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19

Feb

Gen. John Allen (right), commander of U.S. troops in Afghanistan, met with President Barack Obama on Tuesday and tendered his resignation from the military. Allen was nominated to lead NATO troops in Europe, but his connection to a scandal involving former CIA Director David Petraeus (left) doomed his chances of confirmation. Allen reportedly sent flirtatious emails to a Florida socialite who knew the woman that engaged in an extramarital affair with Petraeus, the former commander of U.S. troops in Afghanistan and Iraq.
The White House released a statement after Obama met with Allen.

General Allen presided over the significant growth in the size and capability of Afghan National Security Forces, the further degradation of al Qaeda and their extremist allies, and the ongoing transition to Afghan security responsibility across the country. He worked tirelessly to strengthen our coalition through his leadership of the International Security Assistance Force (ISAF), and to improve our relations with the Afghan government. 

Obama also paid tribute to Allen’s position in modern American military history.

John Allen is one of America’s finest military leaders, a true patriot, and a man I have come to respect greatly. I wish him and his family the very best as they begin this new chapter, and we will carry forward the extraordinary work that General Allen led in Afghanistan.

Gen. John Allen (right), commander of U.S. troops in Afghanistan, met with President Barack Obama on Tuesday and tendered his resignation from the military. Allen was nominated to lead NATO troops in Europe, but his connection to a scandal involving former CIA Director David Petraeus (left) doomed his chances of confirmation. Allen reportedly sent flirtatious emails to a Florida socialite who knew the woman that engaged in an extramarital affair with Petraeus, the former commander of U.S. troops in Afghanistan and Iraq.

The White House released a statement after Obama met with Allen.

General Allen presided over the significant growth in the size and capability of Afghan National Security Forces, the further degradation of al Qaeda and their extremist allies, and the ongoing transition to Afghan security responsibility across the country. He worked tirelessly to strengthen our coalition through his leadership of the International Security Assistance Force (ISAF), and to improve our relations with the Afghan government. 

Obama also paid tribute to Allen’s position in modern American military history.

John Allen is one of America’s finest military leaders, a true patriot, and a man I have come to respect greatly. I wish him and his family the very best as they begin this new chapter, and we will carry forward the extraordinary work that General Allen led in Afghanistan.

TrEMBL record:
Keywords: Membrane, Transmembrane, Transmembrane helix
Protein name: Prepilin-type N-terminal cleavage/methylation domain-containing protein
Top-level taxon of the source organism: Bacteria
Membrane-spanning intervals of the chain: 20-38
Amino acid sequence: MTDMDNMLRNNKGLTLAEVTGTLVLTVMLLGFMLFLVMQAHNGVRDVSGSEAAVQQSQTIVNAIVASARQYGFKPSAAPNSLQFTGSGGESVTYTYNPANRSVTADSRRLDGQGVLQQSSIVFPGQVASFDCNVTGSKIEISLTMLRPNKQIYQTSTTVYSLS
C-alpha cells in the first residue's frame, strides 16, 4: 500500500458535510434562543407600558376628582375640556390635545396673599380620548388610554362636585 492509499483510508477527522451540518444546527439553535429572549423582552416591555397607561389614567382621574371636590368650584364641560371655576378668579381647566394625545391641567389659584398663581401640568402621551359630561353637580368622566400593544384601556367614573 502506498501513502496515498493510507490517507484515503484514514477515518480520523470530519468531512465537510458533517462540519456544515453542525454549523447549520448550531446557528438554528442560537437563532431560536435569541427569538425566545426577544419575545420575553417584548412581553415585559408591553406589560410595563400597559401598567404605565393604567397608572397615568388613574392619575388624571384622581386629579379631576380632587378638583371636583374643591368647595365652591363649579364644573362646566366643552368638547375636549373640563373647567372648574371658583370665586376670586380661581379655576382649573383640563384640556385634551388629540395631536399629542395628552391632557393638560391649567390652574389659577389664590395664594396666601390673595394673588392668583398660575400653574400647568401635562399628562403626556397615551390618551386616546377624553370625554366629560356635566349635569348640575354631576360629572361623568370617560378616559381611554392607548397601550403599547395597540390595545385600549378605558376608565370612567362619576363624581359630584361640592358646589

21

Feb

Feb. 21 midday update

On the Hill

Our reporters kept plenty busy this morning covering everything from global health to a Google-sponsored teacher training initiative. Here’s a rundown of what they reported this morning, with more of each story coming later this afternoon:

  • The Department of Education will join forces with Google and other private sponsors for a new teacher training initiative to focus on science, technology, engineering and mathematics, Jamie Arkin reports. First update: here
  • Abortion rights activists joined on Capitol Hill this morning to protest a GOP-backed bill that would ban abortions for D.C. women after their 20th week of pregnancy, Ariel Rothfield and Rebecca Nelson report. First update: here
  • Secretary of State Hillary Clinton will speak at the first-ever State Department Global Business Conference this afternoon, promoting U.S. industry overseas, report Ben Kamisar and Shirley Li. First update: here.
  • How will Obama’s proposed fiscal year 2013 budget affect global health? The Kaiser Family Foundation is hosting a roundtable discussing just that, reports Rachel Morello. First update: here

Daily five

Five more news pegs from this morning:

  1. The Dow Jones Industrial Average hit 13,000 for the first time since May 2008 as stocks continue to rally, reports the Wall Street Journal. 
  2. Although European leaders signed off on a $172 billion bailout package for Greece, doubts as to whether the country will go under persist, reports the New York Times.
  3. The Supreme Court will hear a case on affirmative action for the first time in nearly a decade, reports POLITICO.
  4. The NATO commander in Afghanistan apologized after allied forces allegedly burnt Korans at a U.S. base outside of Kabul, the BBC reports
  5. Syrian residents in the besieged city of Homs are facing critical shortages of food, CNN reports

More to come this afternoon as our reporters update their stories. Also on Medill on the Hill later today: what NASCAR driver Danica Patrick is doing at the National Press Club. 

By David Uberti